Rachael is the 1st born in a family of three children. Her favorite subject in school is English and she aspires to become a lawyer in the future. Rachael's mother is a vendor, selling chips and samosas in her small shop while her father works as a mechanic. They live in a one-roomed rental house in a rural village. She was born healthy, however, at the age of 11, Rachael's mother noticed an unusual bending of her right leg towards her left leg; a condition she came to know is called genu valgum or "knock knees" deformity. Rachael cannot walk well as her right leg knocks the left. She is unable to play with her friends and while at school, her self-esteem is affected because she cannot walk like her peers. This surgery will be of great impact to her. Rachael will be able to walk well, play with her friends, her self-esteem will be boosted, and she will continue with her education to achieve her dream of becoming a lawyer. Rachael says, “I would love to be treated so that I can walk well, wear skirts like my friends, and continue with my education without interruptions.”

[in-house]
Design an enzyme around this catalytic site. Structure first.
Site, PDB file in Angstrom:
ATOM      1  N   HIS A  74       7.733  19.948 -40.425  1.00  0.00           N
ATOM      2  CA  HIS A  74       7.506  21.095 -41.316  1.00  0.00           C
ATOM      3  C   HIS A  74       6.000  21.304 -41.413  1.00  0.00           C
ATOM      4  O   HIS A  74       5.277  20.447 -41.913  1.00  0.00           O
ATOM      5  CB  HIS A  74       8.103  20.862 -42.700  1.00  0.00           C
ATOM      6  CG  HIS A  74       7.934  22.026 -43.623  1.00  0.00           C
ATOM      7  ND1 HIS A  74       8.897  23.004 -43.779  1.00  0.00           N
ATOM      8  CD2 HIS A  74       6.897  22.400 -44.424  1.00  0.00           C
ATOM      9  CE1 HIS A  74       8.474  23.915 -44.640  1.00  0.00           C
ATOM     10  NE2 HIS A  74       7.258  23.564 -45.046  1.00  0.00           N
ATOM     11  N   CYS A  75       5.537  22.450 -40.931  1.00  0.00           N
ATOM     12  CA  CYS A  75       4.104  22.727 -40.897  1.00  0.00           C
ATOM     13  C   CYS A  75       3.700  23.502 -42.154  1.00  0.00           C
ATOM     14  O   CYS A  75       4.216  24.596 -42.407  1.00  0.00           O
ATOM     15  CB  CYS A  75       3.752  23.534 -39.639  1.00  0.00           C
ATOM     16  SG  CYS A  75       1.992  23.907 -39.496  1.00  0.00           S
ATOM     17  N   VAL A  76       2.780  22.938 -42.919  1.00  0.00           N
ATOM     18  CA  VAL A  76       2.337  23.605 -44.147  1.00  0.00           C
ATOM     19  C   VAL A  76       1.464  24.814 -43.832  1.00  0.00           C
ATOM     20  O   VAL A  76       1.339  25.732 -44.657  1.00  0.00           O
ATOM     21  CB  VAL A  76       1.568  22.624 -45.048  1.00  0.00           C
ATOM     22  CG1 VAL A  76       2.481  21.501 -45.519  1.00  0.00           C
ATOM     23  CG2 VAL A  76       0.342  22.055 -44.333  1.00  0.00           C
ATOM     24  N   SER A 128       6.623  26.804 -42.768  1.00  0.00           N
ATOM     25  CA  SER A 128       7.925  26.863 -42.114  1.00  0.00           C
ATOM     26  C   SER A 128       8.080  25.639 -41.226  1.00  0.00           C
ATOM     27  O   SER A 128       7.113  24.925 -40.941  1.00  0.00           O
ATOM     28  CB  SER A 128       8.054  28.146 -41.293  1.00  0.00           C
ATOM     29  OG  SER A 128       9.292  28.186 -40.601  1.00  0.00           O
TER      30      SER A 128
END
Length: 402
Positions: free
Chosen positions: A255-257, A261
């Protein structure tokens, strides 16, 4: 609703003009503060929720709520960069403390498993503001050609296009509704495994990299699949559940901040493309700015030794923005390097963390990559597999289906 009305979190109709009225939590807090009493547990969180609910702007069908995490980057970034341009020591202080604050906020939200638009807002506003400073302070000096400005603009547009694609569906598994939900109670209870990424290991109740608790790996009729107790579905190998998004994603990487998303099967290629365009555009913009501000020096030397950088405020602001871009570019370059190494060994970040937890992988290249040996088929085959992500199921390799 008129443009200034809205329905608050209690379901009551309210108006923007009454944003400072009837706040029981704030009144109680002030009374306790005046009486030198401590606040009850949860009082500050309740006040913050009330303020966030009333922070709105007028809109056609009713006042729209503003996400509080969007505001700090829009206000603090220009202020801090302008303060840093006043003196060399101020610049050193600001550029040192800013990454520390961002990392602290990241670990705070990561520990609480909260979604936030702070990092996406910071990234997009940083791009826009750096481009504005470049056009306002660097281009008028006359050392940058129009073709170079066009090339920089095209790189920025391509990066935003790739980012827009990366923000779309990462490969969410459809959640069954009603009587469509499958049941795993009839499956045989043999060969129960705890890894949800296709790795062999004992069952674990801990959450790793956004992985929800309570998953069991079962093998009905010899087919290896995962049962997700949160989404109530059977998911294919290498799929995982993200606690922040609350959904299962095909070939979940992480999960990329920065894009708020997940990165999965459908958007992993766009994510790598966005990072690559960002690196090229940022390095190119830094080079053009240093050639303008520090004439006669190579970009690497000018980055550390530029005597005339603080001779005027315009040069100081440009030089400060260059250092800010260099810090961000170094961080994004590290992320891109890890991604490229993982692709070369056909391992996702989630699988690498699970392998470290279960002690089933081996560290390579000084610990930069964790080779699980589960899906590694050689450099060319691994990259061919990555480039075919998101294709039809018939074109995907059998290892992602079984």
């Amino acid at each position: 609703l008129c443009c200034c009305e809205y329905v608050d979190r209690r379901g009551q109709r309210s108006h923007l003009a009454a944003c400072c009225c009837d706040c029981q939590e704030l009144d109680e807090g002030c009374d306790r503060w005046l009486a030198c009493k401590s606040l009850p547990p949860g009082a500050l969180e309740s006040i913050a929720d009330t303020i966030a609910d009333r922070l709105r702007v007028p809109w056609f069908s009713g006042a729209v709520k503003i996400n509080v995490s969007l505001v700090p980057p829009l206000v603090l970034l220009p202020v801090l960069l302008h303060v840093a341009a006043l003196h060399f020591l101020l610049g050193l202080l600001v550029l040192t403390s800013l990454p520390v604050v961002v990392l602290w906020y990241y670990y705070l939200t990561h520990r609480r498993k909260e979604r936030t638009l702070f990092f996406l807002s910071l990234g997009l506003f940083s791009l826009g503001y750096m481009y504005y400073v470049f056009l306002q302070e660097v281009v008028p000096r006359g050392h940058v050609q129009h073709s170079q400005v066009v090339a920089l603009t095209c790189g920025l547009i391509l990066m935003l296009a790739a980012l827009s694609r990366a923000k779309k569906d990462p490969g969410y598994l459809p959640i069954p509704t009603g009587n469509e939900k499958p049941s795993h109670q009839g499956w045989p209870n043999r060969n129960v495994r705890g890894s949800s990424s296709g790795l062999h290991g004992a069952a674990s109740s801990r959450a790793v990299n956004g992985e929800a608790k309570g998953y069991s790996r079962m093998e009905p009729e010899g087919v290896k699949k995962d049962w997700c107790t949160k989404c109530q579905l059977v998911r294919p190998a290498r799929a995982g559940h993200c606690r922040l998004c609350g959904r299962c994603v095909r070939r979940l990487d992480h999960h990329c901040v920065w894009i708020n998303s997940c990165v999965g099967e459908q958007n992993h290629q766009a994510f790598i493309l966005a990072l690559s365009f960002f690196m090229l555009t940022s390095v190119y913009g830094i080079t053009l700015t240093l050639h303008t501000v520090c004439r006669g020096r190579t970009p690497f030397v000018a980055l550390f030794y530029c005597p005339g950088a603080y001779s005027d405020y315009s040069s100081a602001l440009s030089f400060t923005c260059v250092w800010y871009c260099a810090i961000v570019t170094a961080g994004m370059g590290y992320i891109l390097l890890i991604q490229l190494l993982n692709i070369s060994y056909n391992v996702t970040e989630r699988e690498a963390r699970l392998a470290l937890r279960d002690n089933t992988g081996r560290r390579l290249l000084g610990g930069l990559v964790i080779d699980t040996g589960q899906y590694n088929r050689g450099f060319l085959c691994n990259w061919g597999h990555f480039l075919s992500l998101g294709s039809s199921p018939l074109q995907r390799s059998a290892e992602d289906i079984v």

Hamisi is a six-year-old boy and the only child of his single mother. Hamisi started kindergarten earlier this year, but unfortunately had to stop because he was getting sick so often. His mother is a small-scale farmer and their family depends on her crops for their food. Since he was two years old, Hamisi has had a right inguinal hernia which means that tissue, such as part of the intestine, protrudes through a weak spot in the abdominal muscles. The hernia has caused swelling on the right side of his pelvis and he experiences pain and discomfort. Fortunately, our medical partner, African Mission Healthcare (AMH), is helping Hamisi to receive treatment. On October 18th, he will undergo hernia repair surgery at AMH's care center. Once completed, this procedure will hopefully allow him to live more comfortably and confidently. Now, he needs help raising $566 to fund his procedure and care. Hamisi’s mother shared, "my son has been suffering due to this problem since he was two years old. Due to financial challenges, I have not been able to seek treatment for him. The condition has now gotten worse. Please help my son."